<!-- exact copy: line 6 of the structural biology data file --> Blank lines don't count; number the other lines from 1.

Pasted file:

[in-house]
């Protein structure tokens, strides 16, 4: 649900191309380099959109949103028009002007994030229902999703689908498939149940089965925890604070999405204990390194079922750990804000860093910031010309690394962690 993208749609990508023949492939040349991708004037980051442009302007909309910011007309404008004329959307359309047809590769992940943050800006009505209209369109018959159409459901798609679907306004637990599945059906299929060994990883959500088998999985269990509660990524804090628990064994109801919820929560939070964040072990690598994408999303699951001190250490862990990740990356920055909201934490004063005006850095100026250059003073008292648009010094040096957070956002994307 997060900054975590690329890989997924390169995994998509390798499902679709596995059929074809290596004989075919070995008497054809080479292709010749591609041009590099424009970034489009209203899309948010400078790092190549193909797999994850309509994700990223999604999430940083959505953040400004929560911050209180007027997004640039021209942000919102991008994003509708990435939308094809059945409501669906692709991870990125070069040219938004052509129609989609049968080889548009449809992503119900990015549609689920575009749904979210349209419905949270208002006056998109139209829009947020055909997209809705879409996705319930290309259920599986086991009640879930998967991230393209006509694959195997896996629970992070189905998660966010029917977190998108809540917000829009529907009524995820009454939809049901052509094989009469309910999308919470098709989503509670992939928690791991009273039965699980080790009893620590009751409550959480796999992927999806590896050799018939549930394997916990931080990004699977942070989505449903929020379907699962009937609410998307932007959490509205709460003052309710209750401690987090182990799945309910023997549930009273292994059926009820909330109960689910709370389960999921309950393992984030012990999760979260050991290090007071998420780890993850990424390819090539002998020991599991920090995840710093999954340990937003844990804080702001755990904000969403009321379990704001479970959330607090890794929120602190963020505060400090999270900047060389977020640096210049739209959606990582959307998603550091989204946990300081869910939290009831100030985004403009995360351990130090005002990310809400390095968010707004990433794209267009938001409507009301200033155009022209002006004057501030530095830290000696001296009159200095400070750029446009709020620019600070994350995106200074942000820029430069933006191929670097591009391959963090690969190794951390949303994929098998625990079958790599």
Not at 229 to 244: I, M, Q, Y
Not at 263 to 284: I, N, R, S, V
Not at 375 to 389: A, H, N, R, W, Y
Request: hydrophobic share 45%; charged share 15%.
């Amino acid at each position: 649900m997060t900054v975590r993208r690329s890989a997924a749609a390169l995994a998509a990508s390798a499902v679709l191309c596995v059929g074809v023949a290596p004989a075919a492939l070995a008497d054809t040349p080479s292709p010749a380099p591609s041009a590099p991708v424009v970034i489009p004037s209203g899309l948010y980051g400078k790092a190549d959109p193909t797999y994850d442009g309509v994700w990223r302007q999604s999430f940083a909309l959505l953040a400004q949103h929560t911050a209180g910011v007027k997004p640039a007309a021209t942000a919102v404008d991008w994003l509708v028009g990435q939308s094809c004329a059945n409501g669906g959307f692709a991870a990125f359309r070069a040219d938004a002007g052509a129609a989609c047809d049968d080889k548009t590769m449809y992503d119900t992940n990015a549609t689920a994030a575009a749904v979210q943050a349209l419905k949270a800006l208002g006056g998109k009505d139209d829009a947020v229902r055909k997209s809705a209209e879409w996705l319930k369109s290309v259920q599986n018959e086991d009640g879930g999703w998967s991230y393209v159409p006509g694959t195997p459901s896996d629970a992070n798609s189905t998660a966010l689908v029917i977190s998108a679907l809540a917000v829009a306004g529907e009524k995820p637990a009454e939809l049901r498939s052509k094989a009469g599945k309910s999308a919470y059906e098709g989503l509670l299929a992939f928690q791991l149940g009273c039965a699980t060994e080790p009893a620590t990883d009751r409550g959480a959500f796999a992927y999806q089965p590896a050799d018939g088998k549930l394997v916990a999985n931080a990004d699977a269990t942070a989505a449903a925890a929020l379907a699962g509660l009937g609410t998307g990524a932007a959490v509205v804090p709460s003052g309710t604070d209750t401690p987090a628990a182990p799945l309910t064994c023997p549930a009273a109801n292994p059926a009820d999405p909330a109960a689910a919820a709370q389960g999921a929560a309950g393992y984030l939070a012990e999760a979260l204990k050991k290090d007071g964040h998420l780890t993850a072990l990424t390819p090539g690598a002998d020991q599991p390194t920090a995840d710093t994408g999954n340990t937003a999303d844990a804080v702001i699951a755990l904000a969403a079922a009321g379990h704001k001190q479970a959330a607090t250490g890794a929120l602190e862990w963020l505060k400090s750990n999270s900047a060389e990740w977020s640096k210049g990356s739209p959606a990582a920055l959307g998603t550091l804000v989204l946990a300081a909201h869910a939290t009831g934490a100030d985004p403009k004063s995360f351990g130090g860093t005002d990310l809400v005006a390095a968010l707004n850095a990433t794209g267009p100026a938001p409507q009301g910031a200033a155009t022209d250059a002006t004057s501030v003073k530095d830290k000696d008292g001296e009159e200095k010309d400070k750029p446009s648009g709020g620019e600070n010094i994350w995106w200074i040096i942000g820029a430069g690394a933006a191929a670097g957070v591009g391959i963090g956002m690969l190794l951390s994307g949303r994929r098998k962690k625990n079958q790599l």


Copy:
Request: hydrophobic share 45%; charged share 15%.